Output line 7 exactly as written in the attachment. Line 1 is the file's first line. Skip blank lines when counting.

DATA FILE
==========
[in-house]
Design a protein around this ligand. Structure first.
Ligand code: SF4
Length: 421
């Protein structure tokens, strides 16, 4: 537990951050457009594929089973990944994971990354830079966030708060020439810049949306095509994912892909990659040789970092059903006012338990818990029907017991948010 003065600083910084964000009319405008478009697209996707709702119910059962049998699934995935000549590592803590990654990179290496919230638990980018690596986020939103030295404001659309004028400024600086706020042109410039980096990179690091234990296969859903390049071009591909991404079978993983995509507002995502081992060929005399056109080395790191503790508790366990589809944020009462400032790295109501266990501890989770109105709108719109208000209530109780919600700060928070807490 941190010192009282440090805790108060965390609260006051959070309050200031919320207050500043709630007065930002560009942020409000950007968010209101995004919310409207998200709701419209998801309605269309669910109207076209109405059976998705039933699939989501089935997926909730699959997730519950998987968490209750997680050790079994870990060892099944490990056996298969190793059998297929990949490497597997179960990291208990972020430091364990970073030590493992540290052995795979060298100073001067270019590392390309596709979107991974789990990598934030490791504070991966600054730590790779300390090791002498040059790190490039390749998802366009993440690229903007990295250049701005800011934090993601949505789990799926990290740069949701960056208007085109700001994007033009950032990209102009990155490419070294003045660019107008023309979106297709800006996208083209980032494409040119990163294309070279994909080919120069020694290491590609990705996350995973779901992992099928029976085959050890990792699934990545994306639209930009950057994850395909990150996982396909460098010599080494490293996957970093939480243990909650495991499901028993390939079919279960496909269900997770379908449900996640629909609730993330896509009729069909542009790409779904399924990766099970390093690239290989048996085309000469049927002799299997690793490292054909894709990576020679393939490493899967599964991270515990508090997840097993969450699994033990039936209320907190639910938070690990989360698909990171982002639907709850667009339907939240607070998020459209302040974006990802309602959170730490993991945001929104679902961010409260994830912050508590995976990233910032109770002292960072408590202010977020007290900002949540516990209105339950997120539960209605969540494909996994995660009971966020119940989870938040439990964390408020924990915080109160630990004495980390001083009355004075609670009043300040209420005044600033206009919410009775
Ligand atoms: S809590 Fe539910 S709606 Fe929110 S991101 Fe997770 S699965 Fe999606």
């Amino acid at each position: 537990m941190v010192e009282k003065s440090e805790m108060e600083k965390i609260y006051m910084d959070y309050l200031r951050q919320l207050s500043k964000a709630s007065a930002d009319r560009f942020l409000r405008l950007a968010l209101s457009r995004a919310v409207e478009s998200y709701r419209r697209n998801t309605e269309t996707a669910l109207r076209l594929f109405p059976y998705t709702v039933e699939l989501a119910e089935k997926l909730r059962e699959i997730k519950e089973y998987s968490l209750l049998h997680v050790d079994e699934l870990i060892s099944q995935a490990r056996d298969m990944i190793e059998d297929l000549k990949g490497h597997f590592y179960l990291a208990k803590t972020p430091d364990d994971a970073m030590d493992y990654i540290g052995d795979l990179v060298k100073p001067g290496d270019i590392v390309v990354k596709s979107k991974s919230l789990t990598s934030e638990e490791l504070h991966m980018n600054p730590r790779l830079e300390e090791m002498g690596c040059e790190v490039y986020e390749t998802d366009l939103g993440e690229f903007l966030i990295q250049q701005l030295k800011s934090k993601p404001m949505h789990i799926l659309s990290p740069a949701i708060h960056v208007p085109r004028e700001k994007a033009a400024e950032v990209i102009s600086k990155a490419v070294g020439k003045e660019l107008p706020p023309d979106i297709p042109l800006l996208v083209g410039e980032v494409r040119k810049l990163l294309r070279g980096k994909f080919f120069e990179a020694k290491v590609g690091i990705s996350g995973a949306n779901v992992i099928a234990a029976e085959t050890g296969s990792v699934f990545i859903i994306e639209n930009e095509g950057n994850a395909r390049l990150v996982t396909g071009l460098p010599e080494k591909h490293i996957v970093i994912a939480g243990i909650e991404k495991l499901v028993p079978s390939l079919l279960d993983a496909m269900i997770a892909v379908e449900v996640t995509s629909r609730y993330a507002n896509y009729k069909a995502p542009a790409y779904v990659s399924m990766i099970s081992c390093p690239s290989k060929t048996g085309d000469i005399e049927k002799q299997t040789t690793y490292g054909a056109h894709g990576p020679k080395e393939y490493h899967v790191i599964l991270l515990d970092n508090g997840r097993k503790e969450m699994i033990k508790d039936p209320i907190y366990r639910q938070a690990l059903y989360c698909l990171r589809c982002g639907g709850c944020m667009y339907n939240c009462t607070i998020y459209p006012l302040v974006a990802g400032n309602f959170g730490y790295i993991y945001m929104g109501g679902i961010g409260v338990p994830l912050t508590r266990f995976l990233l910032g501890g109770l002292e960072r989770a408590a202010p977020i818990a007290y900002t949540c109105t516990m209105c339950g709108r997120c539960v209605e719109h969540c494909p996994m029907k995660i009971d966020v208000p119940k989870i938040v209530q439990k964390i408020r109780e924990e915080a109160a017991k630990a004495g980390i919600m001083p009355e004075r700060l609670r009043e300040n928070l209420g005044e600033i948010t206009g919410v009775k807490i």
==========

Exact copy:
């Amino acid at each position: 537990m941190v010192e009282k003065s440090e805790m108060e600083k965390i609260y006051m910084d959070y309050l200031r951050q919320l207050s500043k964000a709630s007065a930002d009319r560009f942020l409000r405008l950007a968010l209101s457009r995004a919310v409207e478009s998200y709701r419209r697209n998801t309605e269309t996707a669910l109207r076209l594929f109405p059976y998705t709702v039933e699939l989501a119910e089935k997926l909730r059962e699959i997730k519950e089973y998987s968490l209750l049998h997680v050790d079994e699934l870990i060892s099944q995935a490990r056996d298969m990944i190793e059998d297929l000549k990949g490497h597997f590592y179960l990291a208990k803590t972020p430091d364990d994971a970073m030590d493992y990654i540290g052995d795979l990179v060298k100073p001067g290496d270019i590392v390309v990354k596709s979107k991974s919230l789990t990598s934030e638990e490791l504070h991966m980018n600054p730590r790779l830079e300390e090791m002498g690596c040059e790190v490039y986020e390749t998802d366009l939103g993440e690229f903007l966030i990295q250049q701005l030295k800011s934090k993601p404001m949505h789990i799926l659309s990290p740069a949701i708060h960056v208007p085109r004028e700001k994007a033009a400024e950032v990209i102009s600086k990155a490419v070294g020439k003045e660019l107008p706020p023309d979106i297709p042109l800006l996208v083209g410039e980032v494409r040119k810049l990163l294309r070279g980096k994909f080919f120069e990179a020694k290491v590609g690091i990705s996350g995973a949306n779901v992992i099928a234990a029976e085959t050890g296969s990792v699934f990545i859903i994306e639209n930009e095509g950057n994850a395909r390049l990150v996982t396909g071009l460098p010599e080494k591909h490293i996957v970093i994912a939480g243990i909650e991404k495991l499901v028993p079978s390939l079919l279960d993983a496909m269900i997770a892909v379908e449900v996640t995509s629909r609730y993330a507002n896509y009729k069909a995502p542009a790409y779904v990659s399924m990766i099970s081992c390093p690239s290989k060929t048996g085309d000469i005399e049927k002799q299997t040789t690793y490292g054909a056109h894709g990576p020679k080395e393939y490493h899967v790191i599964l991270l515990d970092n508090g997840r097993k503790e969450m699994i033990k508790d039936p209320i907190y366990r639910q938070a690990l059903y989360c698909l990171r589809c982002g639907g709850c944020m667009y339907n939240c009462t607070i998020y459209p006012l302040v974006a990802g400032n309602f959170g730490y790295i993991y945001m929104g109501g679902i961010g409260v338990p994830l912050t508590r266990f995976l990233l910032g501890g109770l002292e960072r989770a408590a202010p977020i818990a007290y900002t949540c109105t516990m209105c339950g709108r997120c539960v209605e719109h969540c494909p996994m029907k995660i009971d966020v208000p119940k989870i938040v209530q439990k964390i408020r109780e924990e915080a109160a017991k630990a004495g980390i919600m001083p009355e004075r700060l609670r009043e300040n928070l209420g005044e600033i948010t206009g919410v009775k807490i």